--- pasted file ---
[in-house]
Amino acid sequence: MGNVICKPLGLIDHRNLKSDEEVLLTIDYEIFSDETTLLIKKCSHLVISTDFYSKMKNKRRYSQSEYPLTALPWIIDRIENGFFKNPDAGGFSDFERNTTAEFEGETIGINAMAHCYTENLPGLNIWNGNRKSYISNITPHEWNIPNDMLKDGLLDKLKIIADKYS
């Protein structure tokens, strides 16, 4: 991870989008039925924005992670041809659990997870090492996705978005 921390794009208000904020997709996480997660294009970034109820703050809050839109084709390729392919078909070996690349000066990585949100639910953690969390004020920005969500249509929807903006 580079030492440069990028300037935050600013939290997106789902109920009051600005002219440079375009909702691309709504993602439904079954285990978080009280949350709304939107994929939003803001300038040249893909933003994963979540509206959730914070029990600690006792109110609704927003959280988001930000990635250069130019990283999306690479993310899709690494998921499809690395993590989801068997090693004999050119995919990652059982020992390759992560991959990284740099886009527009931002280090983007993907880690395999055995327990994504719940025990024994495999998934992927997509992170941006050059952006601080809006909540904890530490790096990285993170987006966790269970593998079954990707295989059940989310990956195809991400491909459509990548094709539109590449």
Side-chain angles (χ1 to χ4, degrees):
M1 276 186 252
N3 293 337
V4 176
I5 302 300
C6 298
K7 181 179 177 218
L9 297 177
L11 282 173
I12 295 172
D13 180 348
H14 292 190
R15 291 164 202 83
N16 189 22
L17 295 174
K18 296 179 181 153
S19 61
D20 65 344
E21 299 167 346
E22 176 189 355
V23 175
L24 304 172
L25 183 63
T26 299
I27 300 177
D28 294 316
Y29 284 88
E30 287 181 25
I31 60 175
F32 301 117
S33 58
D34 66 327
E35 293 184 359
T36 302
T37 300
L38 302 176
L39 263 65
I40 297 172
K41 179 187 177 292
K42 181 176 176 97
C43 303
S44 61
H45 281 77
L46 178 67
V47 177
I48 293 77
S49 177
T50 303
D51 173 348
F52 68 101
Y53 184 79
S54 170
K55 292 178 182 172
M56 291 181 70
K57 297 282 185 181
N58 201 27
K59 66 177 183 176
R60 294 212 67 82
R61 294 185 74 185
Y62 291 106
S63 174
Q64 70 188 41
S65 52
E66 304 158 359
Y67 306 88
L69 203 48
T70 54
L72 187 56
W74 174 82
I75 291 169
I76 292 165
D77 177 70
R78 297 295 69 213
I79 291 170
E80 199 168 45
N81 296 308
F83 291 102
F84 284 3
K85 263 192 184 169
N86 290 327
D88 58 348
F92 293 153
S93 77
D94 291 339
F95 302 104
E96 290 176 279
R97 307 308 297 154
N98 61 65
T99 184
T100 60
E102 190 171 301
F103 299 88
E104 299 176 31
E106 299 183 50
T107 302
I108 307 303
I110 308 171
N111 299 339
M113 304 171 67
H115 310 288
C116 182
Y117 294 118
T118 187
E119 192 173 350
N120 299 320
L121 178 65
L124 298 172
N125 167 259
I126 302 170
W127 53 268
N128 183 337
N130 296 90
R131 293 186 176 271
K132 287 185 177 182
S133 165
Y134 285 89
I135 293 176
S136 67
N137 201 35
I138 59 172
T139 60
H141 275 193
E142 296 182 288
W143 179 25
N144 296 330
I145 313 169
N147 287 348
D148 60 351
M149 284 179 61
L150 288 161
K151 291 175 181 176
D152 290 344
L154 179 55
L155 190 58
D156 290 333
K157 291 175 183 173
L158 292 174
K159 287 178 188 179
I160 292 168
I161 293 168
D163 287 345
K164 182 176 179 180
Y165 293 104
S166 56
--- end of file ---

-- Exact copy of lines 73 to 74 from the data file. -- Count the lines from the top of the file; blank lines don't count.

I75 291 169
I76 292 165